ron81
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I graduated in 2012 with a First in a Humanities subject
from a top 15 redbrick university. I've spent the last 8 years doing advice and support work in the charity sector and I'm ready for a complete change. I'm thinking about accountancy, because I've found myself doing some very basic bookkeeping and financial forecasting for a voluntary organisation. I quite like it, and I think management accountancy might be a good fit for me.

I'm thinking about doing AAT Level 2 or 3, but have also been considering applying for grad schemes to get up the career ladder quicker. I'm concerned an application would be disregarded though because of my age, time since graduating, and my very different work experience, something AAT might slightly rectify? I'm overall not sure what route to commit to so advice appreciate.

I have loose ambitions/dreams to be a CFO at a charity.
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ajj2000
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(Original post by ron81)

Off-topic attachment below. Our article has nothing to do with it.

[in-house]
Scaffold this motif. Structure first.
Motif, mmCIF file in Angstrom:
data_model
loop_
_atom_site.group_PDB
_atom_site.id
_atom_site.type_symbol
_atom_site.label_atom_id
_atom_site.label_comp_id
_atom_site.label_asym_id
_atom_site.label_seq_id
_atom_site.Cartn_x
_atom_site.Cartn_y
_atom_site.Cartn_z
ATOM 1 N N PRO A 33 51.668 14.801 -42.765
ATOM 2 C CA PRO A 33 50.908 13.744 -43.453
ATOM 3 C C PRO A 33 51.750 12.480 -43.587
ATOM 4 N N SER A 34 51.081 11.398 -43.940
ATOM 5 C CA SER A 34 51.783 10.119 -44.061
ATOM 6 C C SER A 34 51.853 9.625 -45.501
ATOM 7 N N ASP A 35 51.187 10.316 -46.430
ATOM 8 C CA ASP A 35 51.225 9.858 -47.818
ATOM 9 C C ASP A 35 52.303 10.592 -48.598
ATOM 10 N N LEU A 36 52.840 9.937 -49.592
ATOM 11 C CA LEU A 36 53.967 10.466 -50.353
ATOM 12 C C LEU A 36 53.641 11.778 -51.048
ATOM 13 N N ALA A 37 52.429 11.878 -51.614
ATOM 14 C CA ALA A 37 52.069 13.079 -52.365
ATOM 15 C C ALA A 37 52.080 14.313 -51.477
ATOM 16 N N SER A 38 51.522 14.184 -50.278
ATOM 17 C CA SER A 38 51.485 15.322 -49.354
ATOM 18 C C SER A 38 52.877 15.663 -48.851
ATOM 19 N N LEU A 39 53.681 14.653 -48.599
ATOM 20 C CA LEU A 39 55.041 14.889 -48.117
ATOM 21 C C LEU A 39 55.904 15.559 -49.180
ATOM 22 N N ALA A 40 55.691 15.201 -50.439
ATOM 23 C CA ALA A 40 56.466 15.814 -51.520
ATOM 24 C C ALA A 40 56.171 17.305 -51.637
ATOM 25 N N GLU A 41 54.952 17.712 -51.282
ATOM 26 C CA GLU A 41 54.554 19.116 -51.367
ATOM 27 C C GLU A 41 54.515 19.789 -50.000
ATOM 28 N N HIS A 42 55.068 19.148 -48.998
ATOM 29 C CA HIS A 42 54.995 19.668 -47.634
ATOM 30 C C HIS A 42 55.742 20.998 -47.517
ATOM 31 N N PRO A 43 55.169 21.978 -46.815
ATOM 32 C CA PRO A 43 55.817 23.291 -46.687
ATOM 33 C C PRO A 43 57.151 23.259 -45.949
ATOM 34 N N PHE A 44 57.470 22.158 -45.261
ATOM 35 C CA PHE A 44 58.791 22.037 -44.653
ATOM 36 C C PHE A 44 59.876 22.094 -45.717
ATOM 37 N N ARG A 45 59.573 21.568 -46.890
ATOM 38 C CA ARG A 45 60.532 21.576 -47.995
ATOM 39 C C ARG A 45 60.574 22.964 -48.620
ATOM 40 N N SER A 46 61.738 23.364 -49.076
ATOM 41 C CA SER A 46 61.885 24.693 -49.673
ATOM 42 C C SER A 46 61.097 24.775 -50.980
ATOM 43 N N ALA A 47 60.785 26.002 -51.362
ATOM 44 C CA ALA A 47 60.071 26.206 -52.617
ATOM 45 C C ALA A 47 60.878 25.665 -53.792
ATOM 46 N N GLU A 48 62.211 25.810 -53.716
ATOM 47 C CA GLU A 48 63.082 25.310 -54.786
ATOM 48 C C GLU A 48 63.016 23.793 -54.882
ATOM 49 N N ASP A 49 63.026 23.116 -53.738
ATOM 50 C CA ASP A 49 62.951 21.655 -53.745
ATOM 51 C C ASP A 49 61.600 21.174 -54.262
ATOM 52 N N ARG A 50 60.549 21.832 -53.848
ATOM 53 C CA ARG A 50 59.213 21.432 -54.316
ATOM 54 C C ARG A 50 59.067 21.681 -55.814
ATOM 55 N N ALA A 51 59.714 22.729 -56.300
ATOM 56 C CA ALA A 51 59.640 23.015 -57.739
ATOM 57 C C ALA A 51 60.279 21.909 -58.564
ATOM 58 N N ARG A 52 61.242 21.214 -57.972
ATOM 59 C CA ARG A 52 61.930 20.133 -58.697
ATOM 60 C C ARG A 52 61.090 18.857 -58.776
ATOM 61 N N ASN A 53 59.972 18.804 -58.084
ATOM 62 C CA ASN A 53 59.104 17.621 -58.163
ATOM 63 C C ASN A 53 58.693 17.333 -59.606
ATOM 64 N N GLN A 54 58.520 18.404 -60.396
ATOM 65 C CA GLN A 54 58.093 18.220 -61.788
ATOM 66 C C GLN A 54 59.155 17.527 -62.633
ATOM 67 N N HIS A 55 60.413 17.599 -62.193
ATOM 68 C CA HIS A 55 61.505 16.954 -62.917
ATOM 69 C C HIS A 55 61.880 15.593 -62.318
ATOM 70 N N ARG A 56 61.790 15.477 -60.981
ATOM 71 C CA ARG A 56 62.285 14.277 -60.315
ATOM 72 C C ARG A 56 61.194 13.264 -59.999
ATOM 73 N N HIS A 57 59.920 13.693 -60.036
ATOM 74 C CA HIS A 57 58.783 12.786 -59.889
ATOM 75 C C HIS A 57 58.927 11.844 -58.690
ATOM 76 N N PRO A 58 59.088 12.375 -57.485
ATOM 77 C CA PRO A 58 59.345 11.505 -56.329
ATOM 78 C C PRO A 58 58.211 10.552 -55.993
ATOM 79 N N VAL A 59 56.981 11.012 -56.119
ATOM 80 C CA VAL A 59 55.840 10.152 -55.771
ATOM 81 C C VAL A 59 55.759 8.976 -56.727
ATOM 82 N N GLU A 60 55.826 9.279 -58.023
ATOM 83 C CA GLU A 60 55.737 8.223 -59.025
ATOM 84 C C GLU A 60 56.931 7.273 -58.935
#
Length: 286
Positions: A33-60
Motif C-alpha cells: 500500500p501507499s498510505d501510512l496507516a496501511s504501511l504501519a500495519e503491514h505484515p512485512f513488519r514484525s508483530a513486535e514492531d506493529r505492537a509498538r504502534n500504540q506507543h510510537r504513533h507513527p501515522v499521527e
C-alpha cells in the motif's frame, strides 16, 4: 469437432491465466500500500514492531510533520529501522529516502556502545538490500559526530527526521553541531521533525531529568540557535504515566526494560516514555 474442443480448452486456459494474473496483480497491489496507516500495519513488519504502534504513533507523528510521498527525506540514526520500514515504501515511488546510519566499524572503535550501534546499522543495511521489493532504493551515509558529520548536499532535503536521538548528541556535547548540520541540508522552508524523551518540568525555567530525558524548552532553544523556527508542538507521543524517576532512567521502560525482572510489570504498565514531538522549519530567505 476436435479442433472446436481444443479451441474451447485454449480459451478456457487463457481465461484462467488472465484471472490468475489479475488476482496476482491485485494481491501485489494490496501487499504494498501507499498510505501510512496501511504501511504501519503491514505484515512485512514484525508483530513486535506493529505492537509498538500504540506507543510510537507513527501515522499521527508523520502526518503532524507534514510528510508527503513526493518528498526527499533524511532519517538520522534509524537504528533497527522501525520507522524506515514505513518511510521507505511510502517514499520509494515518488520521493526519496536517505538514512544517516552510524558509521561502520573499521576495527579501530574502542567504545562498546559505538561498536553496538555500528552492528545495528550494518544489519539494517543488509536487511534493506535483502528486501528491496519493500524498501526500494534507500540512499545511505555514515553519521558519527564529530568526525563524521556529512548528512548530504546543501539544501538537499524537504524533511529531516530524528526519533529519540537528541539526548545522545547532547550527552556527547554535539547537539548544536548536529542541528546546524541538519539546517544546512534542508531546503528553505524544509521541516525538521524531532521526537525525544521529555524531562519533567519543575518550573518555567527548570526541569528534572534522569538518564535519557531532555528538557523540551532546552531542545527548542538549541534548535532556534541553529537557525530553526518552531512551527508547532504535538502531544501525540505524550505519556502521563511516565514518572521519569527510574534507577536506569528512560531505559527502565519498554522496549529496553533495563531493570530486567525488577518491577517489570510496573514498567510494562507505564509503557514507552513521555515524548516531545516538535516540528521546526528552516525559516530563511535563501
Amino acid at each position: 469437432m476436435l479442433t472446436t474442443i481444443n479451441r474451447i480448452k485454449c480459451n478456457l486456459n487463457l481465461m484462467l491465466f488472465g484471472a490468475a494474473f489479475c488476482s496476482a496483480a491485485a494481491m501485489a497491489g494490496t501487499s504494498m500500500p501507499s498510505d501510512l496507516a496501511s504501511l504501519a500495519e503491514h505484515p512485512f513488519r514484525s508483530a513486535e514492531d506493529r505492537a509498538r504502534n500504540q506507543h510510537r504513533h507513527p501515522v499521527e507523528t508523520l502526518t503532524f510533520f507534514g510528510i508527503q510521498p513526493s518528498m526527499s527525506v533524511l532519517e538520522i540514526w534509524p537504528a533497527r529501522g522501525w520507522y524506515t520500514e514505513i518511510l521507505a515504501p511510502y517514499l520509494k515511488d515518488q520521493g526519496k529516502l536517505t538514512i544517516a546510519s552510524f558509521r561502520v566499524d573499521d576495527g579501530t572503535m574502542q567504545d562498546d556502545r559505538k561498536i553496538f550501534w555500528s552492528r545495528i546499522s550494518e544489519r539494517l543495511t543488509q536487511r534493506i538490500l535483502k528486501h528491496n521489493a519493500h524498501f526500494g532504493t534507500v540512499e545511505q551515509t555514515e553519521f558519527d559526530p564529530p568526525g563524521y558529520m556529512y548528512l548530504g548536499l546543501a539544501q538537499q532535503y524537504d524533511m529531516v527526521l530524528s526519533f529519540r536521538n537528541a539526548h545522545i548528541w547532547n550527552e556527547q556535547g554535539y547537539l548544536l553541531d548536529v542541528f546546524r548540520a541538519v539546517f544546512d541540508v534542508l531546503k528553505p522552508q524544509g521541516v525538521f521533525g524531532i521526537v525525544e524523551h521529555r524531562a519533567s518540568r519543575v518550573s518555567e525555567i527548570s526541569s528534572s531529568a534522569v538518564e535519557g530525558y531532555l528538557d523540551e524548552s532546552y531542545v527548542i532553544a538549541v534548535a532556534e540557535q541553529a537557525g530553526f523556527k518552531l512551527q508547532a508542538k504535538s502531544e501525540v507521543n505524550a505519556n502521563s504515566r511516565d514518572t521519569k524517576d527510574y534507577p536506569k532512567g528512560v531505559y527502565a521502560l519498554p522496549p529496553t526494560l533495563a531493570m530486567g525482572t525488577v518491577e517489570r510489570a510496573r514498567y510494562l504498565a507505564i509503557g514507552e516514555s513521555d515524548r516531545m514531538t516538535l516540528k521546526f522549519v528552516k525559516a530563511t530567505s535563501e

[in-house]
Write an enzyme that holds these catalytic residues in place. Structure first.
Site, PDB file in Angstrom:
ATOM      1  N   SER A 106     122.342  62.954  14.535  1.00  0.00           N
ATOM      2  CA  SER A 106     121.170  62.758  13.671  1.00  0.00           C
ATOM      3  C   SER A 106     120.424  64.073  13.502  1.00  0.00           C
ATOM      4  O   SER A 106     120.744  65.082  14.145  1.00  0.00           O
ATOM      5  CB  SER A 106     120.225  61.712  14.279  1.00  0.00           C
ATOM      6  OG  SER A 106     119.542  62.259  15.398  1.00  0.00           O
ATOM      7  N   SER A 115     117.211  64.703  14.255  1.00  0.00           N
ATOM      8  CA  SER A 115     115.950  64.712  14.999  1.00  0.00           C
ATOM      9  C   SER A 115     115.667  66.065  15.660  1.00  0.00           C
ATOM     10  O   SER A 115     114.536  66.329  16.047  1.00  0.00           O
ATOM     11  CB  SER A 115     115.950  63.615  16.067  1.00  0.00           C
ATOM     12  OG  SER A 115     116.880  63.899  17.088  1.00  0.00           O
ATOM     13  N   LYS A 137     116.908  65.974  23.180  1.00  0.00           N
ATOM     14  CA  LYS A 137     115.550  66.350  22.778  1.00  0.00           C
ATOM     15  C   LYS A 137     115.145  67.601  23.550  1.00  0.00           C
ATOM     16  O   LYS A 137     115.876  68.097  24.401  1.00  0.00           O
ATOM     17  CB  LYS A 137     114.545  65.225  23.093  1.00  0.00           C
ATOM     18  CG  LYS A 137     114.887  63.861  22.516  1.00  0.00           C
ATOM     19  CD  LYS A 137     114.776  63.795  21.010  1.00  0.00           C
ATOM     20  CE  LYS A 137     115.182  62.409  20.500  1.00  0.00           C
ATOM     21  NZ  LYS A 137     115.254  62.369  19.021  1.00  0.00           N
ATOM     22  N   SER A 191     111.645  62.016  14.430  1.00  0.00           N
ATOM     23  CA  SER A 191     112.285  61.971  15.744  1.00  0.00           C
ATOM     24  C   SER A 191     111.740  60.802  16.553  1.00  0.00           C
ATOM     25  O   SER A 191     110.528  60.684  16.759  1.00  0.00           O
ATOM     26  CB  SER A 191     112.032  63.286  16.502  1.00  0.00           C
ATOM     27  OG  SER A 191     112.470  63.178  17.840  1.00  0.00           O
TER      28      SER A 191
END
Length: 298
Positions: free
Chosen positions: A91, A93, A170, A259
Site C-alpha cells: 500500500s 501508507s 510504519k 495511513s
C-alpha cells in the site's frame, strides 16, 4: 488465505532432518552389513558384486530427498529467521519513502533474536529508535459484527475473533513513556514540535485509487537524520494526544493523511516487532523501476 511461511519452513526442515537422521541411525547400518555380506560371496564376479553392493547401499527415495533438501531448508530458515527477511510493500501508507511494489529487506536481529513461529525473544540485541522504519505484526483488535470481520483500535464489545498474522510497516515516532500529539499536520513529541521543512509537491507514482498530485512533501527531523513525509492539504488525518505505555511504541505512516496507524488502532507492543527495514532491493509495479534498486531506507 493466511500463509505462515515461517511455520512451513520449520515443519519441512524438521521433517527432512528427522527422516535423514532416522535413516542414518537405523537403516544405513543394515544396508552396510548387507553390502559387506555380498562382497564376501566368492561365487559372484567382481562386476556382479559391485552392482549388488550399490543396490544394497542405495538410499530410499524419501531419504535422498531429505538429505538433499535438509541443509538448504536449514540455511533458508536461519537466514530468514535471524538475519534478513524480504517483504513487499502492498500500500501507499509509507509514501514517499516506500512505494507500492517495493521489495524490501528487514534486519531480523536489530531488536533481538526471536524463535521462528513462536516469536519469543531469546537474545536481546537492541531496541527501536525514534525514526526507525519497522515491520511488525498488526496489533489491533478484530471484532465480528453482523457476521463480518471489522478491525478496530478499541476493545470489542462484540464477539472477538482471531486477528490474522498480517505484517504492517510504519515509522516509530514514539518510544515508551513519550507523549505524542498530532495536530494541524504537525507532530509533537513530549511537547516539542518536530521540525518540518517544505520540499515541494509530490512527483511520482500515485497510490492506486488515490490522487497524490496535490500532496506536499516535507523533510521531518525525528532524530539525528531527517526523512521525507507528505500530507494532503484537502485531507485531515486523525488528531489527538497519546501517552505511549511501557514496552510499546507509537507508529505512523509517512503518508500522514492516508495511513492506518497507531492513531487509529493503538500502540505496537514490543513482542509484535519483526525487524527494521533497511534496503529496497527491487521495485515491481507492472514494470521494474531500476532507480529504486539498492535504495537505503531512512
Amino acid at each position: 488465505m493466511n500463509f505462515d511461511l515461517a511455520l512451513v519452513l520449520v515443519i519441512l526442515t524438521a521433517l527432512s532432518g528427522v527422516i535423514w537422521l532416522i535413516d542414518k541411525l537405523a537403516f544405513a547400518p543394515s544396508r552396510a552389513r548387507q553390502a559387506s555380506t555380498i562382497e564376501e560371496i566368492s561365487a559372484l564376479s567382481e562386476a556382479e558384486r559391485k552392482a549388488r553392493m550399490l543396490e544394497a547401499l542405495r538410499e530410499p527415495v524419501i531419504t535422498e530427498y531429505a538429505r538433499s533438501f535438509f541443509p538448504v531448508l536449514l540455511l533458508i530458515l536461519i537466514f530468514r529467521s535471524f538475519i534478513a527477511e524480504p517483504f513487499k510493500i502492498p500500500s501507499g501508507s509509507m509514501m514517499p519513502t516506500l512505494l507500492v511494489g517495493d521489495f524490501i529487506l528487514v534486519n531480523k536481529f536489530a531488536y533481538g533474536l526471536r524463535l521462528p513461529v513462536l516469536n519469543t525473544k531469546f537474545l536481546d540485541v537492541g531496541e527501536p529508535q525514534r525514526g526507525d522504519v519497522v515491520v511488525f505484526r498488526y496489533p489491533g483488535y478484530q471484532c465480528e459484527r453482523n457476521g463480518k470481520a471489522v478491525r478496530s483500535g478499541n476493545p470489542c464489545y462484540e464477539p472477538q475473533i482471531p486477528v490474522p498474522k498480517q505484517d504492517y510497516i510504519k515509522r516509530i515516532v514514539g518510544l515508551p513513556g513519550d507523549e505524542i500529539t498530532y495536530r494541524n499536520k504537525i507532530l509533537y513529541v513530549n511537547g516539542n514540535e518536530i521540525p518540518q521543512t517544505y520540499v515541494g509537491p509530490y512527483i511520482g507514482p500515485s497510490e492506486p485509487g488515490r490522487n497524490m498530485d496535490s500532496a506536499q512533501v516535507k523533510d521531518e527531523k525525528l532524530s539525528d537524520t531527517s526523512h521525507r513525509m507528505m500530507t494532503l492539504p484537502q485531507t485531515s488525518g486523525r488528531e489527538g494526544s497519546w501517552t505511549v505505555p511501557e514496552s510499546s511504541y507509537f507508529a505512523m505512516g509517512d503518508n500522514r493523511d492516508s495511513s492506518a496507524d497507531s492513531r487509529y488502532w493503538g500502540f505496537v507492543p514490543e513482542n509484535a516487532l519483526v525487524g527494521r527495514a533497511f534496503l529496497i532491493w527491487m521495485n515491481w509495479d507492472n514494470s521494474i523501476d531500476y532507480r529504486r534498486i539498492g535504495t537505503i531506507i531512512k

I graduated in 2012 with a First in a Humanities subject
from a top 15 redbrick university. I've spent the last 8 years doing advice and support work in the charity sector and I'm ready for a complete change. I'm thinking about accountancy, because I've found myself doing some very basic bookkeeping and financial forecasting for a voluntary organisation. I quite like it, and I think management accountancy might be a good fit for me.

I'm thinking about doing AAT Level 2 or 3, but have also been considering applying for grad schemes to get up the career ladder quicker. I'm concerned an application would be disregarded though because of my age, time since graduating, and my very different work experience, something AAT might slightly rectify? I'm overall not sure what route to commit to so advice appreciate.

I have loose ambitions/dreams to be a CFO at a charity.
What were your A level results and what part of the country are you looking to work in?

I dont think that your age or time since graduating would be an issue for training schemes - you would need to show yourself to be knowledgeable about the career and about the different pathways to be credible. Have you thought about what sort of organisation you would like to train with? There are plenty of charities which hire trainee accountants, likewise the professional firms often have charity and public sector divisions. What about money? How much do you need to earn?

For now I wouldn't start with AAT - the road to getting anywhere is too long considering your past education.
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ron81
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(Original post by ajj2000)
What were your A level results and what part of the country are you looking to work in?